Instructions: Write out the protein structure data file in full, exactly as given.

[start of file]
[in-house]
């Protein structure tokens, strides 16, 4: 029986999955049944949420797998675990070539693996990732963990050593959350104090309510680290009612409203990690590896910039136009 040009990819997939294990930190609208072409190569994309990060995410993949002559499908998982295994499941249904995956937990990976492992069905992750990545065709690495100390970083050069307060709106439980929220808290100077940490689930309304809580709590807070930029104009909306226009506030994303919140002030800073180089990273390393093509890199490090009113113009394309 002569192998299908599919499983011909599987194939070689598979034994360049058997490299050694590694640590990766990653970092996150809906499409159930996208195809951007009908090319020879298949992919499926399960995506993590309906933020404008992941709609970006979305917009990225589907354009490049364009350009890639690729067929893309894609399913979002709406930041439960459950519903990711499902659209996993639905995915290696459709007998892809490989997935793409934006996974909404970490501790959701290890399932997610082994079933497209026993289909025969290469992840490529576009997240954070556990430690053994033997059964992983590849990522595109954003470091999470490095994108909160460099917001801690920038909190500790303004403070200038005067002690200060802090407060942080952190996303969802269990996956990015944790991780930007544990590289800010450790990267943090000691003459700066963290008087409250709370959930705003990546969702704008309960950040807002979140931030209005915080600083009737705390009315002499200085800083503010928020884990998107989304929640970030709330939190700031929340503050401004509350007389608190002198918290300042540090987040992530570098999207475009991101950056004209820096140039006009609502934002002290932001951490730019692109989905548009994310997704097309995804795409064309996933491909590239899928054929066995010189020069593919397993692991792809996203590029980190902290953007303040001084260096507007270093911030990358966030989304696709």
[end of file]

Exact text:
[in-house]
């Protein structure tokens, strides 16, 4: 029986999955049944949420797998675990070539693996990732963990050593959350104090309510680290009612409203990690590896910039136009 040009990819997939294990930190609208072409190569994309990060995410993949002559499908998982295994499941249904995956937990990976492992069905992750990545065709690495100390970083050069307060709106439980929220808290100077940490689930309304809580709590807070930029104009909306226009506030994303919140002030800073180089990273390393093509890199490090009113113009394309 002569192998299908599919499983011909599987194939070689598979034994360049058997490299050694590694640590990766990653970092996150809906499409159930996208195809951007009908090319020879298949992919499926399960995506993590309906933020404008992941709609970006979305917009990225589907354009490049364009350009890639690729067929893309894609399913979002709406930041439960459950519903990711499902659209996993639905995915290696459709007998892809490989997935793409934006996974909404970490501790959701290890399932997610082994079933497209026993289909025969290469992840490529576009997240954070556990430690053994033997059964992983590849990522595109954003470091999470490095994108909160460099917001801690920038909190500790303004403070200038005067002690200060802090407060942080952190996303969802269990996956990015944790991780930007544990590289800010450790990267943090000691003459700066963290008087409250709370959930705003990546969702704008309960950040807002979140931030209005915080600083009737705390009315002499200085800083503010928020884990998107989304929640970030709330939190700031929340503050401004509350007389608190002198918290300042540090987040992530570098999207475009991101950056004209820096140039006009609502934002002290932001951490730019692109989905548009994310997704097309995804795409064309996933491909590239899928054929066995010189020069593919397993692991792809996203590029980190902290953007303040001084260096507007270093911030990358966030989304696709």